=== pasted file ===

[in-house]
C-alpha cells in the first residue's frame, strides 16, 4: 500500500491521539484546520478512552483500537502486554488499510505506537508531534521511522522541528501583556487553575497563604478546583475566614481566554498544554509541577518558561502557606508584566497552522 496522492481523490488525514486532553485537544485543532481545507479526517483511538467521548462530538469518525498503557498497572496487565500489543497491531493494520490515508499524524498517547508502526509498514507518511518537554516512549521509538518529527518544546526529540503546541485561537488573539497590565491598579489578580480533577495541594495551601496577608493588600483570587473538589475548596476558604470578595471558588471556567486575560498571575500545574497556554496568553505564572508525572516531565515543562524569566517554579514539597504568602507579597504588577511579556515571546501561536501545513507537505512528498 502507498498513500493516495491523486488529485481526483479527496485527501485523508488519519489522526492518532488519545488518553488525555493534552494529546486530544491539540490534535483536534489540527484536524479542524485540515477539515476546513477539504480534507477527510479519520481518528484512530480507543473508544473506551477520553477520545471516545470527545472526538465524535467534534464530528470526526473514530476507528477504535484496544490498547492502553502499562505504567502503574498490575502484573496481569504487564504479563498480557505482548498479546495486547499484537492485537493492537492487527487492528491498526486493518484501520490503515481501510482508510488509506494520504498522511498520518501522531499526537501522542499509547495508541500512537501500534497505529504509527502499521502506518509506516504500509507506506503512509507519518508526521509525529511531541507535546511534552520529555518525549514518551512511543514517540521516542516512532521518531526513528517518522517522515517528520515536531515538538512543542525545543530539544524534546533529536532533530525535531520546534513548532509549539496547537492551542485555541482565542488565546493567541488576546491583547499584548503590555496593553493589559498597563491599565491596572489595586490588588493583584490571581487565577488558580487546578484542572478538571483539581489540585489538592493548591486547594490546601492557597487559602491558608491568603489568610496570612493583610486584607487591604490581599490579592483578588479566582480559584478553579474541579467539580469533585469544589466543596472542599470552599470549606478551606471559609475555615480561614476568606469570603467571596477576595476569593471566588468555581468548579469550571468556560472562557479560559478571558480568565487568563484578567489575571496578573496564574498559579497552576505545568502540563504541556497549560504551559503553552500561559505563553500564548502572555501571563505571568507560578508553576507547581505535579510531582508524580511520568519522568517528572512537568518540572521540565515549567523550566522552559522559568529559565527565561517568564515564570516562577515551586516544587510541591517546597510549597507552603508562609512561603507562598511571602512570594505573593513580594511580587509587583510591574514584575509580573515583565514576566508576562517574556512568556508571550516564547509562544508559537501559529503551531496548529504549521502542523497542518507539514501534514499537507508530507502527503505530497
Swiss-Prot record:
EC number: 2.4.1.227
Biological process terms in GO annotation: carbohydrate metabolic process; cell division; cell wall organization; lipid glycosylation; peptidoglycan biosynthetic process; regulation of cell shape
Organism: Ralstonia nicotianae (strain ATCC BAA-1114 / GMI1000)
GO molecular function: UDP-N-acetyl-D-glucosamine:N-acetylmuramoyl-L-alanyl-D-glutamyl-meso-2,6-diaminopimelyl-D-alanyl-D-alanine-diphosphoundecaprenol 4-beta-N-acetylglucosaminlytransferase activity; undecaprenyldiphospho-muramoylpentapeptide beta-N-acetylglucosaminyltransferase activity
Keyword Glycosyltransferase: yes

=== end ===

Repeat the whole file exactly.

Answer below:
[in-house]
C-alpha cells in the first residue's frame, strides 16, 4: 500500500491521539484546520478512552483500537502486554488499510505506537508531534521511522522541528501583556487553575497563604478546583475566614481566554498544554509541577518558561502557606508584566497552522 496522492481523490488525514486532553485537544485543532481545507479526517483511538467521548462530538469518525498503557498497572496487565500489543497491531493494520490515508499524524498517547508502526509498514507518511518537554516512549521509538518529527518544546526529540503546541485561537488573539497590565491598579489578580480533577495541594495551601496577608493588600483570587473538589475548596476558604470578595471558588471556567486575560498571575500545574497556554496568553505564572508525572516531565515543562524569566517554579514539597504568602507579597504588577511579556515571546501561536501545513507537505512528498 502507498498513500493516495491523486488529485481526483479527496485527501485523508488519519489522526492518532488519545488518553488525555493534552494529546486530544491539540490534535483536534489540527484536524479542524485540515477539515476546513477539504480534507477527510479519520481518528484512530480507543473508544473506551477520553477520545471516545470527545472526538465524535467534534464530528470526526473514530476507528477504535484496544490498547492502553502499562505504567502503574498490575502484573496481569504487564504479563498480557505482548498479546495486547499484537492485537493492537492487527487492528491498526486493518484501520490503515481501510482508510488509506494520504498522511498520518501522531499526537501522542499509547495508541500512537501500534497505529504509527502499521502506518509506516504500509507506506503512509507519518508526521509525529511531541507535546511534552520529555518525549514518551512511543514517540521516542516512532521518531526513528517518522517522515517528520515536531515538538512543542525545543530539544524534546533529536532533530525535531520546534513548532509549539496547537492551542485555541482565542488565546493567541488576546491583547499584548503590555496593553493589559498597563491599565491596572489595586490588588493583584490571581487565577488558580487546578484542572478538571483539581489540585489538592493548591486547594490546601492557597487559602491558608491568603489568610496570612493583610486584607487591604490581599490579592483578588479566582480559584478553579474541579467539580469533585469544589466543596472542599470552599470549606478551606471559609475555615480561614476568606469570603467571596477576595476569593471566588468555581468548579469550571468556560472562557479560559478571558480568565487568563484578567489575571496578573496564574498559579497552576505545568502540563504541556497549560504551559503553552500561559505563553500564548502572555501571563505571568507560578508553576507547581505535579510531582508524580511520568519522568517528572512537568518540572521540565515549567523550566522552559522559568529559565527565561517568564515564570516562577515551586516544587510541591517546597510549597507552603508562609512561603507562598511571602512570594505573593513580594511580587509587583510591574514584575509580573515583565514576566508576562517574556512568556508571550516564547509562544508559537501559529503551531496548529504549521502542523497542518507539514501534514499537507508530507502527503505530497
Swiss-Prot record:
EC number: 2.4.1.227
Biological process terms in GO annotation: carbohydrate metabolic process; cell division; cell wall organization; lipid glycosylation; peptidoglycan biosynthetic process; regulation of cell shape
Organism: Ralstonia nicotianae (strain ATCC BAA-1114 / GMI1000)
GO molecular function: UDP-N-acetyl-D-glucosamine:N-acetylmuramoyl-L-alanyl-D-glutamyl-meso-2,6-diaminopimelyl-D-alanyl-D-alanine-diphosphoundecaprenol 4-beta-N-acetylglucosaminlytransferase activity; undecaprenyldiphospho-muramoylpentapeptide beta-N-acetylglucosaminyltransferase activity
Keyword Glycosyltransferase: yes